Food safety is a big deal. Even though the United States has a very safe food supply, the CDC estimates that over 48 million people in the US get sick with a food borne illness every year (that’s 1 out of 6 people), and 3000 die from these illnesses. This number may be even higher, because some people with a food borne illness may not seek medical attention if their symptoms are mild.
When most people talk about food safety, they are thinking about farmers growing a safe product (whether it is meat, eggs, milk, fruits, or vegetables), about food processors taking precautions to ensure the safety of the food (during handling, packaging, and transport), about grocery stores storing foods appropriately (at the proper temperature, and watching for expiration dates), and about restaurants handling, preparing, and cooking food the right way.
Everyone has a role in food safety.
I am writing a series of posts over at The Real Farmwives of America & Friends this year about food safety, and how you can help to ensure safe food for your families. I am also kicking off a series right here about food safety. Since it’s getting to be garden season, we’ll start off with a series of posts about food safety during home canning by Amy from A Latte with Ott, A. Amy is a fellow Real Farmwife, and a prolific canner, and I am very excited to have her talk to you about canning safety. After that, I’ll be talking about the 6 most important food borne illnesses – what causes them, how they are diagnosed, what farmers and others in the food system are doing to prevent them, and how you can help prevent them in your own home. I’ll also be talking about the Healthy People 2020 campaign, what their goals are for decreasing food borne illnesses, and how you can help.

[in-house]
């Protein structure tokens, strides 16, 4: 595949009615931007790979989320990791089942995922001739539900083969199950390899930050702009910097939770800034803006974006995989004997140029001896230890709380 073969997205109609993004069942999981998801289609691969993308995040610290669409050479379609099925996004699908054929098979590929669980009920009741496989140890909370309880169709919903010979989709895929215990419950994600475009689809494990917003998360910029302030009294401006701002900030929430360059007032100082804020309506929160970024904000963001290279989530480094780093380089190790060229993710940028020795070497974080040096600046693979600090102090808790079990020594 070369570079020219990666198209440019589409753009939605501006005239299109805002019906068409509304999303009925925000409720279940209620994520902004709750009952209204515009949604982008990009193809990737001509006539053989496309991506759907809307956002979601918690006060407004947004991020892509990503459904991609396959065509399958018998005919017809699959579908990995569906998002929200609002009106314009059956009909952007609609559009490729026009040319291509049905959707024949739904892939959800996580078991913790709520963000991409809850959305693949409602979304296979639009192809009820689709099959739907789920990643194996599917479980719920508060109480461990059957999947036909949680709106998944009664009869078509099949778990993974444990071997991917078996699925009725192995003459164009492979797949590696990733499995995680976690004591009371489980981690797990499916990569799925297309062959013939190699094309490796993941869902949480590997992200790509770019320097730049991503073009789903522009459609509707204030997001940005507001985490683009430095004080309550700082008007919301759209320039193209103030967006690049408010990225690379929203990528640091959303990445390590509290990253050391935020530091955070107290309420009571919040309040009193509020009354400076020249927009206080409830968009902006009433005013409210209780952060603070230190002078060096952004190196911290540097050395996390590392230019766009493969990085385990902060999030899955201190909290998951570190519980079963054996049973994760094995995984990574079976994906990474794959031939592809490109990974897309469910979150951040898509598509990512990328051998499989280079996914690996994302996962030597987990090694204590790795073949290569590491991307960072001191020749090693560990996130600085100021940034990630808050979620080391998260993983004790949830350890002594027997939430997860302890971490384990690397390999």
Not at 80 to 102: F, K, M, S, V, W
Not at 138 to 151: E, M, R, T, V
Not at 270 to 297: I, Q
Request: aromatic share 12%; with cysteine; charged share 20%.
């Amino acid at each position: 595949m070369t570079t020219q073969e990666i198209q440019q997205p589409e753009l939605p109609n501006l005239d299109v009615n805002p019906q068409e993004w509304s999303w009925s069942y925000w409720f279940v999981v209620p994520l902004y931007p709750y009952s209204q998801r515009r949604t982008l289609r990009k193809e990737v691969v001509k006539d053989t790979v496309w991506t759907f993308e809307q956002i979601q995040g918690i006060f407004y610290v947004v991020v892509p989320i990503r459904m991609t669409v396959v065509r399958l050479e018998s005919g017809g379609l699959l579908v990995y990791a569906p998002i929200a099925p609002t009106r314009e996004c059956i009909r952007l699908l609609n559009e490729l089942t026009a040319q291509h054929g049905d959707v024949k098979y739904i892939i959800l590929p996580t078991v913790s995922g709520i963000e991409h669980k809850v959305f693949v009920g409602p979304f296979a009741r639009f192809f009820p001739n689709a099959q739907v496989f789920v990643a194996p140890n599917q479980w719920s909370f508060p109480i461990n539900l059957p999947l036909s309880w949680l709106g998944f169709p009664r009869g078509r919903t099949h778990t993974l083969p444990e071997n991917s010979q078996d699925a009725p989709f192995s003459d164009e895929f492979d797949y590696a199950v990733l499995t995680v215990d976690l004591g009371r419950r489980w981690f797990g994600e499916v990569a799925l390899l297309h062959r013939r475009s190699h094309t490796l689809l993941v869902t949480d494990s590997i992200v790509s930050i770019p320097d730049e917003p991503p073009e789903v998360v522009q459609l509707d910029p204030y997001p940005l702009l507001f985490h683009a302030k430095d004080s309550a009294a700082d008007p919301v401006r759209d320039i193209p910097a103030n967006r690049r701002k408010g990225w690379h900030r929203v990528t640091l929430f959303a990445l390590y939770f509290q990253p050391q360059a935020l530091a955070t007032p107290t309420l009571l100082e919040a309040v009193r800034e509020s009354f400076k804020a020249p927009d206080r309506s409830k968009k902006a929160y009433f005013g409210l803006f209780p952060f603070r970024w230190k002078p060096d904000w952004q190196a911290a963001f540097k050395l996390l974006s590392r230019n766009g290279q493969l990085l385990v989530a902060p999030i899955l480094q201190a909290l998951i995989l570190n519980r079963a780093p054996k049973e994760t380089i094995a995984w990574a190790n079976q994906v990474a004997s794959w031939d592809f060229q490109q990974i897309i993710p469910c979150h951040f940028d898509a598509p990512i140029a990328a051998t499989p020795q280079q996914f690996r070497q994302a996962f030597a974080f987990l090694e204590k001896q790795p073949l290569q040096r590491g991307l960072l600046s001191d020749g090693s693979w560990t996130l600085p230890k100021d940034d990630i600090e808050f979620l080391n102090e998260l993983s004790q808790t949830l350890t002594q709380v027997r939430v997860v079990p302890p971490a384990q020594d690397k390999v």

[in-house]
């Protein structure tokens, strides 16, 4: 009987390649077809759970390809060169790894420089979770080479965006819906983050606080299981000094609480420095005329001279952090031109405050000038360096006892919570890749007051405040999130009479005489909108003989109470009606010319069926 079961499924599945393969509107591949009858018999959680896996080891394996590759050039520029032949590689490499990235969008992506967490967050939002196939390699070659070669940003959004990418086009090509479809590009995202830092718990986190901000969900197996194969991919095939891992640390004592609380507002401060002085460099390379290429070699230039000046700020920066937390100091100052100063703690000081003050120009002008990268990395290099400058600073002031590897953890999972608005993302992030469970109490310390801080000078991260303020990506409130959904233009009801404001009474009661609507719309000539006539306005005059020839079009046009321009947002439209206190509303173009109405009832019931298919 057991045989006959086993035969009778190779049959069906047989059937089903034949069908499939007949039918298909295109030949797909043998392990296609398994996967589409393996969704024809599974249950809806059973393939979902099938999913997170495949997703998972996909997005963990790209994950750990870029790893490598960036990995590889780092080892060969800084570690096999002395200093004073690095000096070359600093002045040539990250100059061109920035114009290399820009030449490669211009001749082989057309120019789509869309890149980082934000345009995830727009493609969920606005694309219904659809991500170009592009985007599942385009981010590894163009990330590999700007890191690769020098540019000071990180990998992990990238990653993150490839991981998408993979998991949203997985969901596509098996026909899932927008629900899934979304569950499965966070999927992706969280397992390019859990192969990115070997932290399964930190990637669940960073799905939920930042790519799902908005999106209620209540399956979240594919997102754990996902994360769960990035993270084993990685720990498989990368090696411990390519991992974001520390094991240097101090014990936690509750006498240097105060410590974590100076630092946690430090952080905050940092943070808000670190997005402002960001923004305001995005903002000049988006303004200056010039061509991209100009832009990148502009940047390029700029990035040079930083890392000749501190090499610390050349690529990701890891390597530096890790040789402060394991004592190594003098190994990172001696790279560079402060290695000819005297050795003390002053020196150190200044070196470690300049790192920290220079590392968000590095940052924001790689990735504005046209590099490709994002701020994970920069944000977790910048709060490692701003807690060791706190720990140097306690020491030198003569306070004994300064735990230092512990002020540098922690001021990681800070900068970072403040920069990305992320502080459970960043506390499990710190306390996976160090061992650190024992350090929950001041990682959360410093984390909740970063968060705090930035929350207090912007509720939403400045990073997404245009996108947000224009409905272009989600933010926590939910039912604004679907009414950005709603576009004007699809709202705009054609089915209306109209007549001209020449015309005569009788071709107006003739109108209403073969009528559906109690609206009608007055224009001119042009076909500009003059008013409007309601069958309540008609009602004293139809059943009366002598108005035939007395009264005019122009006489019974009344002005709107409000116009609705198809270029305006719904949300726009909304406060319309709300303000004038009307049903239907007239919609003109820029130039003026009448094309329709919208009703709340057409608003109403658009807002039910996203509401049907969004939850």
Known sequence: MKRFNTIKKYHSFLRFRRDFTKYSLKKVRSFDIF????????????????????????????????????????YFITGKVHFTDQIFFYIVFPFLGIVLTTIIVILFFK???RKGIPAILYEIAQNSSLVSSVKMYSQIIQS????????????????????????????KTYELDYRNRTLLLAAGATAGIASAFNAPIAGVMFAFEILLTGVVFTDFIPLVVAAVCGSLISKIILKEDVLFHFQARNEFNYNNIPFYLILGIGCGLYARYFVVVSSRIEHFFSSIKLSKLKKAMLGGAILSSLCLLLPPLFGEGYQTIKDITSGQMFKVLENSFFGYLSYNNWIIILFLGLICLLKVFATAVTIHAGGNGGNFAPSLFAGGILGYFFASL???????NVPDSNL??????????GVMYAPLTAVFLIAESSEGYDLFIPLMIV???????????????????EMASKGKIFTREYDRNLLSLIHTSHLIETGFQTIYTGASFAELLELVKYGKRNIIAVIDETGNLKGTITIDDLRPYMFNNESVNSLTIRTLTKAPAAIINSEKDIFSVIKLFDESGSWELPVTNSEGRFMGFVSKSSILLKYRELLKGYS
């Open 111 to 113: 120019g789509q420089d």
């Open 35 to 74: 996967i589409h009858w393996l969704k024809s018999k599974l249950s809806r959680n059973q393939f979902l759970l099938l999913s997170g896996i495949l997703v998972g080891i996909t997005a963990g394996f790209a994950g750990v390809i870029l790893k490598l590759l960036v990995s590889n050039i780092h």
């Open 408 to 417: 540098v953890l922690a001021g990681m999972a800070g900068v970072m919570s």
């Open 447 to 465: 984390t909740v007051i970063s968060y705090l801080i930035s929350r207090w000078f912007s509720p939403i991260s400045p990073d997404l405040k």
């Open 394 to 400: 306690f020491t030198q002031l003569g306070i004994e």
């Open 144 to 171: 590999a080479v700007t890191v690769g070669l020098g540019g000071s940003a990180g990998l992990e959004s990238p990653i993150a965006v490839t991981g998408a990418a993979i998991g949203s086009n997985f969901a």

What questions do you have about food safety? Leave them below in the comments. I’ll answer what I can in the comments section. If there are more complicated questions, I’ll work that into a future post here.